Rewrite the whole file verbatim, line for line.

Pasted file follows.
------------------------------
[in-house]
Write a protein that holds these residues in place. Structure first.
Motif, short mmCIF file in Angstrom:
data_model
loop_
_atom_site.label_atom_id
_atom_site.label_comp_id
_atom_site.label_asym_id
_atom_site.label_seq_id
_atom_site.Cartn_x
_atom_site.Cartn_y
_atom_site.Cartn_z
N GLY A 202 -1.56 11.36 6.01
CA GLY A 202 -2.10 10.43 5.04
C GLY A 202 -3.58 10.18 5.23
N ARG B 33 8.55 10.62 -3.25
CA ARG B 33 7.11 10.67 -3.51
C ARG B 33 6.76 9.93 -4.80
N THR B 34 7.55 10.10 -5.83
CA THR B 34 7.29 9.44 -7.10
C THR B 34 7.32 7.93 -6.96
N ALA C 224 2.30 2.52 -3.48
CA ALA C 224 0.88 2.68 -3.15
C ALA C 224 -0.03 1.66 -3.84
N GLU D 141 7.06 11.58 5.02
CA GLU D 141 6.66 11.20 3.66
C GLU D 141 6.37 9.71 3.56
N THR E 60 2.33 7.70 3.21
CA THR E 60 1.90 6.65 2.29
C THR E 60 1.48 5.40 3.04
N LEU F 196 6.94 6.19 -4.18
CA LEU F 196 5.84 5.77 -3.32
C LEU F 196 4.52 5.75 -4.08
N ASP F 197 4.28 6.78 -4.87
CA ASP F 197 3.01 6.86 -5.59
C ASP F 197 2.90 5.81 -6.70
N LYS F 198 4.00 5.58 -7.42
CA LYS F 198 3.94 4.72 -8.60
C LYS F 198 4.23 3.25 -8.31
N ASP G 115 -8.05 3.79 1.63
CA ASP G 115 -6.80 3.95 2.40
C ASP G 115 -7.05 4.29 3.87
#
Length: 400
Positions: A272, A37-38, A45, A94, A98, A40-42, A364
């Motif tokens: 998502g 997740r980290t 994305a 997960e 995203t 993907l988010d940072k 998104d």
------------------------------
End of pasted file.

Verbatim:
[in-house]
Write a protein that holds these residues in place. Structure first.
Motif, short mmCIF file in Angstrom:
data_model
loop_
_atom_site.label_atom_id
_atom_site.label_comp_id
_atom_site.label_asym_id
_atom_site.label_seq_id
_atom_site.Cartn_x
_atom_site.Cartn_y
_atom_site.Cartn_z
N GLY A 202 -1.56 11.36 6.01
CA GLY A 202 -2.10 10.43 5.04
C GLY A 202 -3.58 10.18 5.23
N ARG B 33 8.55 10.62 -3.25
CA ARG B 33 7.11 10.67 -3.51
C ARG B 33 6.76 9.93 -4.80
N THR B 34 7.55 10.10 -5.83
CA THR B 34 7.29 9.44 -7.10
C THR B 34 7.32 7.93 -6.96
N ALA C 224 2.30 2.52 -3.48
CA ALA C 224 0.88 2.68 -3.15
C ALA C 224 -0.03 1.66 -3.84
N GLU D 141 7.06 11.58 5.02
CA GLU D 141 6.66 11.20 3.66
C GLU D 141 6.37 9.71 3.56
N THR E 60 2.33 7.70 3.21
CA THR E 60 1.90 6.65 2.29
C THR E 60 1.48 5.40 3.04
N LEU F 196 6.94 6.19 -4.18
CA LEU F 196 5.84 5.77 -3.32
C LEU F 196 4.52 5.75 -4.08
N ASP F 197 4.28 6.78 -4.87
CA ASP F 197 3.01 6.86 -5.59
C ASP F 197 2.90 5.81 -6.70
N LYS F 198 4.00 5.58 -7.42
CA LYS F 198 3.94 4.72 -8.60
C LYS F 198 4.23 3.25 -8.31
N ASP G 115 -8.05 3.79 1.63
CA ASP G 115 -6.80 3.95 2.40
C ASP G 115 -7.05 4.29 3.87
#
Length: 400
Positions: A272, A37-38, A45, A94, A98, A40-42, A364
């Motif tokens: 998502g 997740r980290t 994305a 997960e 995203t 993907l988010d940072k 998104d």